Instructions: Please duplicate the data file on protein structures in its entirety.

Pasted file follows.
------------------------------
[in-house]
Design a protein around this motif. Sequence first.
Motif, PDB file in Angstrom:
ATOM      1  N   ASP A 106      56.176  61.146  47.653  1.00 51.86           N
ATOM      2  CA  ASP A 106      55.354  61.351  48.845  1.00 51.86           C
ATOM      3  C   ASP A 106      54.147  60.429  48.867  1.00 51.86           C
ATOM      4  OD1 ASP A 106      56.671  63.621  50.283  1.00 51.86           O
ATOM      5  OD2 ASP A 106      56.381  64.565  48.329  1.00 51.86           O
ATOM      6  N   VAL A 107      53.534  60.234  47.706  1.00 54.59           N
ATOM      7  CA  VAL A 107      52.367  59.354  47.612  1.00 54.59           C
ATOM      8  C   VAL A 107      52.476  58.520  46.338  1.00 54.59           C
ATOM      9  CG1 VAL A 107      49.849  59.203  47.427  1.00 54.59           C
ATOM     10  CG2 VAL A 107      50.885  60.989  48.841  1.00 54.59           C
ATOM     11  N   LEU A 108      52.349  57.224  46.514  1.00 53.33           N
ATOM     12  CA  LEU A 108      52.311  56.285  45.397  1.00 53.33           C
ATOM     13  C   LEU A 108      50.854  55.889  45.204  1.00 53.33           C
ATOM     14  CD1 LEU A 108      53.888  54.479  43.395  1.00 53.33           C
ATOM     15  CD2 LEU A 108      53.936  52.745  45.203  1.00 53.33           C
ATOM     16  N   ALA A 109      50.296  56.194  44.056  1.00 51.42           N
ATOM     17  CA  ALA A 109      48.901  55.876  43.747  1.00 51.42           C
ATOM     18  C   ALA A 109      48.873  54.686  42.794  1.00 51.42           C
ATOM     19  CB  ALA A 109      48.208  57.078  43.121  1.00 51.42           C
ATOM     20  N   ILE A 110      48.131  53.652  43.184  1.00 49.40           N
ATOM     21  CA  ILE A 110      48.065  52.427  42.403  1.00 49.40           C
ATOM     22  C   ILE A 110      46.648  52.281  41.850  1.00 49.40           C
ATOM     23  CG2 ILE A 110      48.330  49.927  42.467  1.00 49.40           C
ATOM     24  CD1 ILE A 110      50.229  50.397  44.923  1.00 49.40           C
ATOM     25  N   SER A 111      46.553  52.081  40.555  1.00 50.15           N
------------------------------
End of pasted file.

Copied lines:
[in-house]
Design a protein around this motif. Sequence first.
Motif, PDB file in Angstrom:
ATOM      1  N   ASP A 106      56.176  61.146  47.653  1.00 51.86           N
ATOM      2  CA  ASP A 106      55.354  61.351  48.845  1.00 51.86           C
ATOM      3  C   ASP A 106      54.147  60.429  48.867  1.00 51.86           C
ATOM      4  OD1 ASP A 106      56.671  63.621  50.283  1.00 51.86           O
ATOM      5  OD2 ASP A 106      56.381  64.565  48.329  1.00 51.86           O
ATOM      6  N   VAL A 107      53.534  60.234  47.706  1.00 54.59           N
ATOM      7  CA  VAL A 107      52.367  59.354  47.612  1.00 54.59           C
ATOM      8  C   VAL A 107      52.476  58.520  46.338  1.00 54.59           C
ATOM      9  CG1 VAL A 107      49.849  59.203  47.427  1.00 54.59           C
ATOM     10  CG2 VAL A 107      50.885  60.989  48.841  1.00 54.59           C
ATOM     11  N   LEU A 108      52.349  57.224  46.514  1.00 53.33           N
ATOM     12  CA  LEU A 108      52.311  56.285  45.397  1.00 53.33           C
ATOM     13  C   LEU A 108      50.854  55.889  45.204  1.00 53.33           C
ATOM     14  CD1 LEU A 108      53.888  54.479  43.395  1.00 53.33           C
ATOM     15  CD2 LEU A 108      53.936  52.745  45.203  1.00 53.33           C
ATOM     16  N   ALA A 109      50.296  56.194  44.056  1.00 51.42           N
ATOM     17  CA  ALA A 109      48.901  55.876  43.747  1.00 51.42           C
ATOM     18  C   ALA A 109      48.873  54.686  42.794  1.00 51.42           C
ATOM     19  CB  ALA A 109      48.208  57.078  43.121  1.00 51.42           C
ATOM     20  N   ILE A 110      48.131  53.652  43.184  1.00 49.40           N
ATOM     21  CA  ILE A 110      48.065  52.427  42.403  1.00 49.40           C
ATOM     22  C   ILE A 110      46.648  52.281  41.850  1.00 49.40           C
ATOM     23  CG2 ILE A 110      48.330  49.927  42.467  1.00 49.40           C
ATOM     24  CD1 ILE A 110      50.229  50.397  44.923  1.00 49.40           C
ATOM     25  N   SER A 111      46.553  52.081  40.555  1.00 50.15           N